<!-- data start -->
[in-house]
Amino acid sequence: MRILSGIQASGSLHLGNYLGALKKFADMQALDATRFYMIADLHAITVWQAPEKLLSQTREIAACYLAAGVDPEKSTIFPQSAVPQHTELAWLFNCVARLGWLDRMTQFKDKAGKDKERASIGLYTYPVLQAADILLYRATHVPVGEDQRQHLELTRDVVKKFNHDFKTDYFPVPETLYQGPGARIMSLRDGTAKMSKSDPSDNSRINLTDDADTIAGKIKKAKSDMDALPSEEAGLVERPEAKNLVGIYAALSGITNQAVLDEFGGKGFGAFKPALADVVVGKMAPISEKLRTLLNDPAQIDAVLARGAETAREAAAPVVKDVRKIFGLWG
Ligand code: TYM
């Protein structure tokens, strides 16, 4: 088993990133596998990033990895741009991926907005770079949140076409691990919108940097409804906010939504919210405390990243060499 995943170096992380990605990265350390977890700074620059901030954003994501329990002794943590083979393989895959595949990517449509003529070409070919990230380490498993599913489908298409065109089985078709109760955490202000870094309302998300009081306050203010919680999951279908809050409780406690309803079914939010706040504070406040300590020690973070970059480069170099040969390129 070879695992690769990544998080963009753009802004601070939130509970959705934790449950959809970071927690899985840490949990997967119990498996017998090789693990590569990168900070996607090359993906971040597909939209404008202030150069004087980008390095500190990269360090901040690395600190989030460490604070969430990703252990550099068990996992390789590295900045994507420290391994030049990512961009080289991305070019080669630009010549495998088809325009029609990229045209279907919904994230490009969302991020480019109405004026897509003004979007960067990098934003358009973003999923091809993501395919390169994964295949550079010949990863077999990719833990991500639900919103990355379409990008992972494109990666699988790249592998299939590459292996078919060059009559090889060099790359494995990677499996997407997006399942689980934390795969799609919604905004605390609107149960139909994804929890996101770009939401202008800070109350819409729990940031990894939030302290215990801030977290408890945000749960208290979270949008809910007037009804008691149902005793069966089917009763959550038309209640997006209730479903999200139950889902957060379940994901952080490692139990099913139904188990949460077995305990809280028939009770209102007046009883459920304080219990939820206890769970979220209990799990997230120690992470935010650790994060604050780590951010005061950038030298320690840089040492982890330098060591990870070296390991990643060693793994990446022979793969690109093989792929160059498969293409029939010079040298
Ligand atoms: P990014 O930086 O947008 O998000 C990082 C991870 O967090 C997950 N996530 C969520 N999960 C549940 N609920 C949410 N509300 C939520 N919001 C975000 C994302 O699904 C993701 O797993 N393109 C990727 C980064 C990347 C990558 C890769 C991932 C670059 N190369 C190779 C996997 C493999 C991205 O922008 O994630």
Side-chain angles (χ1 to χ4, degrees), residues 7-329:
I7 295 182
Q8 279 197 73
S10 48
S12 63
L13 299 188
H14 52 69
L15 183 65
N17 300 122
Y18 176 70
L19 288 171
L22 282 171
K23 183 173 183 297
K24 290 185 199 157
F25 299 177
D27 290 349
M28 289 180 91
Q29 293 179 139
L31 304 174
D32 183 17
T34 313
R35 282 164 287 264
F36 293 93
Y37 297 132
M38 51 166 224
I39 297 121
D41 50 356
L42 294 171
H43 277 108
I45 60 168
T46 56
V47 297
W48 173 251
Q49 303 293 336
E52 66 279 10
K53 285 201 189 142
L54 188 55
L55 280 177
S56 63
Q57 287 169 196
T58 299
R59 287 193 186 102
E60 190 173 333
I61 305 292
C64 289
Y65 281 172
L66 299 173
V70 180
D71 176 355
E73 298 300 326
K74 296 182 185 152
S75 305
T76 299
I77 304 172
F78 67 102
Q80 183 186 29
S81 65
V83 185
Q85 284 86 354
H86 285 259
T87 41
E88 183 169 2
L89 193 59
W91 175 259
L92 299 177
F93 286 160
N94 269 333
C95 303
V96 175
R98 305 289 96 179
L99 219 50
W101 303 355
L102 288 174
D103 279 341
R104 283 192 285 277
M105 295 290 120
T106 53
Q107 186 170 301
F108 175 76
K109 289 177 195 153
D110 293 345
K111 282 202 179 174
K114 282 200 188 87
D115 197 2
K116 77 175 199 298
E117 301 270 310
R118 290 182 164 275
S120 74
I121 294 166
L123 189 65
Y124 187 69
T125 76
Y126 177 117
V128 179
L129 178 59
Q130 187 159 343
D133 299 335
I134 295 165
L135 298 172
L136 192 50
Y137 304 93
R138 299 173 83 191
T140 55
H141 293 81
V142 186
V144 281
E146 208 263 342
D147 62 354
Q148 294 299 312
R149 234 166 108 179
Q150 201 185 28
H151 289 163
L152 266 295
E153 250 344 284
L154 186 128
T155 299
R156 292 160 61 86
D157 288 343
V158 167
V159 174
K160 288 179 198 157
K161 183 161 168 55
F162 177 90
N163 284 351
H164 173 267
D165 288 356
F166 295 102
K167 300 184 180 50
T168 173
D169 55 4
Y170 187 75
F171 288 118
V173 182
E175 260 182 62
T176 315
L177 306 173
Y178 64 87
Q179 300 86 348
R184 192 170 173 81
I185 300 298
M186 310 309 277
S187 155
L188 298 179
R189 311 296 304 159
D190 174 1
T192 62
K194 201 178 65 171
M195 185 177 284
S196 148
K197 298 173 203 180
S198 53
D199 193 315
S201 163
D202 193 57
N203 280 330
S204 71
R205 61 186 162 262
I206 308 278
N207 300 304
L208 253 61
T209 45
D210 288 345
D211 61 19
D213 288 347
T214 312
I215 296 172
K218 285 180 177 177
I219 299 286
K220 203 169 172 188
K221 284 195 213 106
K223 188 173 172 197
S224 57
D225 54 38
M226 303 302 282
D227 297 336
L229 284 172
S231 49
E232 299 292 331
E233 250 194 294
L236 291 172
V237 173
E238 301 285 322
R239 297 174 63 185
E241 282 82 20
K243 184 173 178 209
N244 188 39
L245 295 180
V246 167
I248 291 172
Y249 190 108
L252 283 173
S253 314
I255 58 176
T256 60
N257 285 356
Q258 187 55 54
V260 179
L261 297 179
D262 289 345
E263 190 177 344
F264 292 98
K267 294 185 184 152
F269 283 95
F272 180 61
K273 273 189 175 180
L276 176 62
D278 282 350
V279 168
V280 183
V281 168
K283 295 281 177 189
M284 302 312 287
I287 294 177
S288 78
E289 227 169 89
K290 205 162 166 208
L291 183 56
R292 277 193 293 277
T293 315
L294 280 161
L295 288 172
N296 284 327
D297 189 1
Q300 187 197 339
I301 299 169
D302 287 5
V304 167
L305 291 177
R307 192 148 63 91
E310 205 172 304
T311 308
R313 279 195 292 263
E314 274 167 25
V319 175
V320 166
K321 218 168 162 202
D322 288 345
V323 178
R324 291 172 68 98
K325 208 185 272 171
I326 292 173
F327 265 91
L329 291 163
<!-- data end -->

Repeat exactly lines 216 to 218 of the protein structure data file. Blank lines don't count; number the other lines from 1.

K283 295 281 177 189
M284 302 312 287
I287 294 177